Terrified he will be hung for the murder, Adam runs into the desert.

Days later, a prospecter named Dismukes finds Adam barely alive. Dismukes teaches Adam enough to survive—just—until he learns desert ways. Dismukes predicts Adam will find God in the desert.

Adam wanders in the Death Valley area for 14 years. Grey always treats nature more as a character than just as a setting. In Wanderer, nature is a malevolent force, symbolic of all that’s selfish in human nature contending against God for Adam’s allegiance.

Often, it looks as if Adam won’t last another day. Thirst, starvation, poisoned water, poison gas, and desperadoes work him over.

At 26, when he looks 40, Adam meets a girl he’d like to marry. He has to decide whether to follow his natural instincts or do what he knows is right.

Readers will gasp for breath right along with Adam right down to the last page when they gasp at Grey’s perfectly plausible, but totally unexpected, ending.

The Wanderer of the Wasteland
By Zane Grey
1923 bestseller # 8
A Project Gutenberg of Australia eBook

Photo Credit: Death Valley 2 by pr3vje

© 2013 Linda Gorton Aragoni

The Mine with the Iron Door Isn’t Played Out Yet

“Love ain’t no big deposit that a feller is allus hopin’ to find but mostly never does. Love is just a medium high-grade ore that you got to dig for.”

Harold Bell Wright’s The Mine with the Iron Door is an easy-reading western with a faint whiff of ideas clinging to it.

The story ‘s center is Marta Hillgrove and her “fathers,” Bob Hill and Thad Grove. She was a toddler when the prospectors rescued her from people who were clearly not her family. Unable to locate her real family, the men settled in the hills near Tuscon to raise her.

Seventeen years later, a handsome young stranger arrives. Hugh quickly wins Marta’s heart and buckles down to digging for gold enough to marry Marta and get out of the country before he is recaptured and sent back to jail.gp_mineopendoor

A secondary plot about Natachee, an educated Indian with a grudge against whites, temporarily overshadows the romance. Then Marta is abducted; Natachee joins Hugh in getting her back.

The orphaned toddler is a familiar romance plot; Wright himself used it elsewhere.

Marta and Hugh are also standard issue. You’ll have forgotten about them a few hours after you’ve closed the book covers.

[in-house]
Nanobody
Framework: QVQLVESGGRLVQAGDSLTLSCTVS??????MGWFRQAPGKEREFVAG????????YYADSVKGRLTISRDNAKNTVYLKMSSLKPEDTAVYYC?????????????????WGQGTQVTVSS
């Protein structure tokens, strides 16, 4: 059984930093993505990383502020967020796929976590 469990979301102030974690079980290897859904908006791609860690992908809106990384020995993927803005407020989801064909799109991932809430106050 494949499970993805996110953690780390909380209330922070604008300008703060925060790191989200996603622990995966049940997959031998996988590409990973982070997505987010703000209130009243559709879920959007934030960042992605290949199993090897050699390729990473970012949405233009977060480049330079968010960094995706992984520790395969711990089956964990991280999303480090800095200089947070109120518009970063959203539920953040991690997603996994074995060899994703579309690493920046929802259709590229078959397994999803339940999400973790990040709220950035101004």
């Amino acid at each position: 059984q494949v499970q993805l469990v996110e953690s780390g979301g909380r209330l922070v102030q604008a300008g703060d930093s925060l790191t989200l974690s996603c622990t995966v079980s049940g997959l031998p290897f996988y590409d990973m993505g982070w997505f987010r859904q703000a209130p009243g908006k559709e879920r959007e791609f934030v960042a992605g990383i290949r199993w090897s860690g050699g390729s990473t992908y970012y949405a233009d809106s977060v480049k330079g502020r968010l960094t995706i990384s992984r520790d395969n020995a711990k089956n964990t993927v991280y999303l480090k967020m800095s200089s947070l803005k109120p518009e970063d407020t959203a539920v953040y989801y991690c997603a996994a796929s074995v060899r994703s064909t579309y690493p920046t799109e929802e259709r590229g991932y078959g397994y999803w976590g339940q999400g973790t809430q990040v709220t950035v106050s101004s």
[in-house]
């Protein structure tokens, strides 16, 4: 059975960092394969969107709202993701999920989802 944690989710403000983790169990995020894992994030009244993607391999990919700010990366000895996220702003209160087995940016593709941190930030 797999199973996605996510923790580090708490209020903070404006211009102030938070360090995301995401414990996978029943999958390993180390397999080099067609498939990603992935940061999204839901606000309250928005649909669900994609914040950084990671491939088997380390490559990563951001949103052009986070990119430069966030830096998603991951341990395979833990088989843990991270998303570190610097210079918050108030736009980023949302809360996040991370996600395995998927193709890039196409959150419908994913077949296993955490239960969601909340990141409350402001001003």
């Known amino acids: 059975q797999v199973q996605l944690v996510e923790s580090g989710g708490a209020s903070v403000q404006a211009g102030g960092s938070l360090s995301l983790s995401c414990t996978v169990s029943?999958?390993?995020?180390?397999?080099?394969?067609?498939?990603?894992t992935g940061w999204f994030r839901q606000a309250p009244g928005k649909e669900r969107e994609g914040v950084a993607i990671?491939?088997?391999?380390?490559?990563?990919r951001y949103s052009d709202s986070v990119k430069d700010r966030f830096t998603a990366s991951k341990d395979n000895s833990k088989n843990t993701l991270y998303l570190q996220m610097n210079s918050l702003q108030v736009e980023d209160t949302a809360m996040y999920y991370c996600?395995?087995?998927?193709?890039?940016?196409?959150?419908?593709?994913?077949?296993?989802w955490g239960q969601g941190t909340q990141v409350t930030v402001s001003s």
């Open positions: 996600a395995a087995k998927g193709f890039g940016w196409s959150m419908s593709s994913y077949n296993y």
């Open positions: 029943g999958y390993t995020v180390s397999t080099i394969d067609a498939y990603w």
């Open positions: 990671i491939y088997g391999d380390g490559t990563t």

The memorable bits of the book are in the minor characters. Natachee in particular is unforgettable in his resentment of the education that renders Indians unfit for either the Indian or the white world.

The Mine with the Iron Door
by Harold Bell Wright
D.Appleton and Company, 1923
339 pages
1923 bestseller # 7

Photo front piece of The Mine with the Iron Door. The illustrator is not identified.

 © 2013 Linda Gorton Aragoni

The Dim Lantern Gives a Warm Glow

black piglet The Dim Lantern is old-fashioned romance that, despite a well-worn theme and predictable plot lines, is as cozy as hot tea and scones in a room smelling faintly of lavender.

Jane and Baldwin Barnes live in an unfashionable suburb of Washington, D.C. in mortgaged house inherited from their parents. Baldy is artistic, but works in an office to pay off the mortgage. Jane exercises her creativity by stretching money and having faith that good will ultimately prevail. There’s a nice boy next door, badly traumatized by his experiences in The Great War. Jane is a dim lantern in the blackness of his depression.

On his way to work, Baldy gives a ride and his heart to a young woman who obviously has never had to make her money stretch. Socialite Edith Towne is running away after the humiliation of her bridegroom’s failure to appear at their wedding.

Baldy enlists Jane to speak for Edith to her wealthy bachelor uncle, Frederick Towne. He falls for Jane, luring her with the prospect of how his wealth can provide the medical care her ailing sister desperately needs.

By page 344, Temple Bailey has provided all the answers everyone who has ever read a romance novel expects except one: Where did city-bred Edith acquire her knowledge of black Berkshire pigs?

The Dim Lantern
by Temple Bailey
Grosset  & Dunlap,  1923
344 pages
1923 bestseller #5

Photo credit: Black Pigs 2 by nedbenj

© 2013 Linda Gorton Aragoni

The Enchanted April: Sunny, Witty, Insightful

Wisteria in bloom
The Enchanted April  is a charming novel about four unhappy women, previously unacquainted, who vacation together in Italy for a month and find love.

Elizabeth von Arnim flits from character to character, telling sections of the narrative from different one’s view point. She employs the technique with finesse, making each character a deliciously distinctive individual.

The story begins one rainy day when Lotty Wilkins sees advertisement.

To Those Who Appreciate Wistaria and Sunshine.
Small mediaeval Italian Castle on the shores of the Mediterranean to be Let furnished for the month of April. Necessary servants remain. Z, Box 1000, The Times.

On impulse, Lotty asks a woman with  whom she knows only by sight at chruch to rent the castle with her and split expenses, leaving their husbands behind. Rose Arbuthnot finds the idea of a vacation irresistible even with someone as decidedly peculiar as Lotty.

Unable to afford the rent, the pair seek two more companions. Their advertisement draws a snobbish elderly widow, Mrs. Fisher, who had known Tennyson and Matthew Arnold, and Lady Caroline Dester, 28, fleeing the host of suitors for her face and fortune.